CALOOSAHATCHEE ESTUARY WORK BEGINS
The South Florida Water Management District has started construction on the Caloosahatchee River West Basin Storage Reservoir Project. Former grove land along the Lee and Hendry county line will ultimately be used for the so-called C-43 Reservoir Project designed to store water discharged from sources farther upstream, including Lake Okeechobee, the state’s largest freshwater lake.
Sanibel Mayor Kevin Ruane says it’s the first step toward getting the critical water storage that’s needed within the Caloosahatchee basin. The Caloosahatchee Estuary has been degraded by freshwater overflows that can reduce estuarine salinity during rainy season, resulting in die-offs of seagrasses, and oysters and other endangered species. Freshwater flushes also affect tourism and sport fishing.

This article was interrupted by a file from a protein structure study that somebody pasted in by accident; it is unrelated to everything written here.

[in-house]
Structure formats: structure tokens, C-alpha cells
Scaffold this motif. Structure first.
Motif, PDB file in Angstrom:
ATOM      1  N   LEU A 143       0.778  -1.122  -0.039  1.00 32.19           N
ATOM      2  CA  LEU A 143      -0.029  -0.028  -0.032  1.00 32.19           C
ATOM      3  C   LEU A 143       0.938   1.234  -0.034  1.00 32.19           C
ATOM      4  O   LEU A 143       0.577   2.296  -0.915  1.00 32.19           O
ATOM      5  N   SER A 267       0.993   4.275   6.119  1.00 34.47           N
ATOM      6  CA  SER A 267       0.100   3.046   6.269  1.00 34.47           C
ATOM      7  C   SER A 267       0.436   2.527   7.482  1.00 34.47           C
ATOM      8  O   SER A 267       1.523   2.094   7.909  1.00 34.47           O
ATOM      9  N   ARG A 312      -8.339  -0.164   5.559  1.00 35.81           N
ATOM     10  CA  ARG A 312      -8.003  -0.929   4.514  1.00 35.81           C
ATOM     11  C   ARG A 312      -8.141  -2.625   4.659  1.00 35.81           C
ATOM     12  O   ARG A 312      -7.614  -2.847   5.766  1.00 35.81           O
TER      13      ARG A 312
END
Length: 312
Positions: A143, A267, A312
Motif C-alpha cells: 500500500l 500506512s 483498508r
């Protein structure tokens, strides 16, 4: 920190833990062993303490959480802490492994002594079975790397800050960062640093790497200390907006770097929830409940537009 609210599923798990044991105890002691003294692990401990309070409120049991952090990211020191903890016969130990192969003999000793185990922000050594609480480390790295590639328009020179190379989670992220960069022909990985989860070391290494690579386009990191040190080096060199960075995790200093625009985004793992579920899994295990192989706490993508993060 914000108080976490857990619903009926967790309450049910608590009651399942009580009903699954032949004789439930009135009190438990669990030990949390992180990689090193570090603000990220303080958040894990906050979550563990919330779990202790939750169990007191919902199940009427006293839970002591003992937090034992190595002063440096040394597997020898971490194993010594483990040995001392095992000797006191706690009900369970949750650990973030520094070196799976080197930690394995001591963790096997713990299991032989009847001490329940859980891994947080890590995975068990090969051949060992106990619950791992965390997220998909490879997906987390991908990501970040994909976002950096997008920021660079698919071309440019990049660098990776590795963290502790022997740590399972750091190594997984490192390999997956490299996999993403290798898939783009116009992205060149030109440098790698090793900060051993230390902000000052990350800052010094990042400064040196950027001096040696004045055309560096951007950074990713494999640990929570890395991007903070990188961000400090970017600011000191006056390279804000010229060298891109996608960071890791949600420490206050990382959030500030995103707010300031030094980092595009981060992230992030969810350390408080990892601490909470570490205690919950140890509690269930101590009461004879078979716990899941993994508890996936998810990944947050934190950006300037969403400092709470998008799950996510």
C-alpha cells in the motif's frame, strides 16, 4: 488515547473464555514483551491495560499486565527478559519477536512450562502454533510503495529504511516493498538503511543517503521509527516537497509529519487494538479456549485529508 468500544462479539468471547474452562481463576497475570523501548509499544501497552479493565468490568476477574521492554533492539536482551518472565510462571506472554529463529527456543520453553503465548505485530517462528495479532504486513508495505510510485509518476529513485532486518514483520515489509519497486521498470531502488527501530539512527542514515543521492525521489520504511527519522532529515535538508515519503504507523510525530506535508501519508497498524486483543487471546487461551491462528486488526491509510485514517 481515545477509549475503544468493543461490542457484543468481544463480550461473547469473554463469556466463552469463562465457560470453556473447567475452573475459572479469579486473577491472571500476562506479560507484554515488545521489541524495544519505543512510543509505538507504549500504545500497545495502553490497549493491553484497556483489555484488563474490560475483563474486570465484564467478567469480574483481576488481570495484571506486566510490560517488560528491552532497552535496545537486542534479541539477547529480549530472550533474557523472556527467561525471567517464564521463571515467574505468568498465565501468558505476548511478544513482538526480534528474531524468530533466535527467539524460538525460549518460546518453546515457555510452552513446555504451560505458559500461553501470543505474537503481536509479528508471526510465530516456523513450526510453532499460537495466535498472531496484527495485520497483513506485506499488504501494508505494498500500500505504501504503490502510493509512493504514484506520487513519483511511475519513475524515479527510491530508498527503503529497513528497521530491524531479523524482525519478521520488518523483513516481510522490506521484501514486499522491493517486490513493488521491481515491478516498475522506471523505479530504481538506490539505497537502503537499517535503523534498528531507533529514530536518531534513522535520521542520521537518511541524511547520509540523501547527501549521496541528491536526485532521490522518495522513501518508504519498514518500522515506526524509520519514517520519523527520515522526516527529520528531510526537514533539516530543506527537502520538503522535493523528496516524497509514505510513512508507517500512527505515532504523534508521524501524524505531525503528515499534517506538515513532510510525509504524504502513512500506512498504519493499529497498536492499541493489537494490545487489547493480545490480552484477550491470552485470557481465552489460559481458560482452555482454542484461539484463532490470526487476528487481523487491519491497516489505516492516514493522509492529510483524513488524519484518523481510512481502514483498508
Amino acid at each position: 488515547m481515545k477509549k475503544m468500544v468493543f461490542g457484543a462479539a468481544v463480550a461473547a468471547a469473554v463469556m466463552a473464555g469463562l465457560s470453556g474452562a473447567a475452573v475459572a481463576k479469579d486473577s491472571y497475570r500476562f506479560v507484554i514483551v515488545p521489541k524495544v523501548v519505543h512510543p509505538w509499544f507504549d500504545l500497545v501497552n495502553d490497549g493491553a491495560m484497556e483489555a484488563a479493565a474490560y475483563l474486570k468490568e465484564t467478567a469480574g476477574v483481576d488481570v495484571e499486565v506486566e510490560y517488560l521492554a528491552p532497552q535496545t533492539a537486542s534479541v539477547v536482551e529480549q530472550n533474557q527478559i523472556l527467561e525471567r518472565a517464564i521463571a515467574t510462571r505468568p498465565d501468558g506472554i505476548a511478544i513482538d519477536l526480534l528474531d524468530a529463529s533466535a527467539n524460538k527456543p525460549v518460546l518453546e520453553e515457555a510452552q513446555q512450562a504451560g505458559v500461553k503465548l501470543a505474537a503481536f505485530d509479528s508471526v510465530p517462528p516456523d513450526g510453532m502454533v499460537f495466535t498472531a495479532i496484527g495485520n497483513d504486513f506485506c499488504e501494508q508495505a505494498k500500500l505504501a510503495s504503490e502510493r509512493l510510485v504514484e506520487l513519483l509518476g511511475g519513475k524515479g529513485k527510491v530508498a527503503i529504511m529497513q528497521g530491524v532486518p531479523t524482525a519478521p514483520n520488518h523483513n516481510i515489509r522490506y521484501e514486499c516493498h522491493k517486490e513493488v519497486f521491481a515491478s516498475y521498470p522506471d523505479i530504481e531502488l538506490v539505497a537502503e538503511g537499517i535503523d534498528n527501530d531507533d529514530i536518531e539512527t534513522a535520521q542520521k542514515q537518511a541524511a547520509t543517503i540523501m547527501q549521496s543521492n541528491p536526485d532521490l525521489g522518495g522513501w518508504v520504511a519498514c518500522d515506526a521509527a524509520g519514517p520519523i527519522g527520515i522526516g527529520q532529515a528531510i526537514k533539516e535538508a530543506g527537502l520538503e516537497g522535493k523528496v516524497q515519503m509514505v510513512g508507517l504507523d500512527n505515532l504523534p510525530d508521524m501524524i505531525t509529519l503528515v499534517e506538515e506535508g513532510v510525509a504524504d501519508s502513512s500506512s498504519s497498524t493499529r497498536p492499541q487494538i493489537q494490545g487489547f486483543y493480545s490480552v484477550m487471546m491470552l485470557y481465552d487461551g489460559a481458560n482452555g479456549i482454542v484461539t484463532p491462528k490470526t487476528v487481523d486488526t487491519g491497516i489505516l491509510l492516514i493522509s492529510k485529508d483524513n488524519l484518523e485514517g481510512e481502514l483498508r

The C-43 Reservoir Project is part of the 20-year committed Everglades Restoration Project, for which Gov. Rick Scott has proposed $9 billion in funding―$5 billion in state, $4 billion federal.
To prevent excessive freshwater flow to the estuary, the reservoir will capture approximately 170,000 acre-feet of water during rainy season and ensure a natural, consistent flow of freshwater during dry season, Water Management District officials are saying.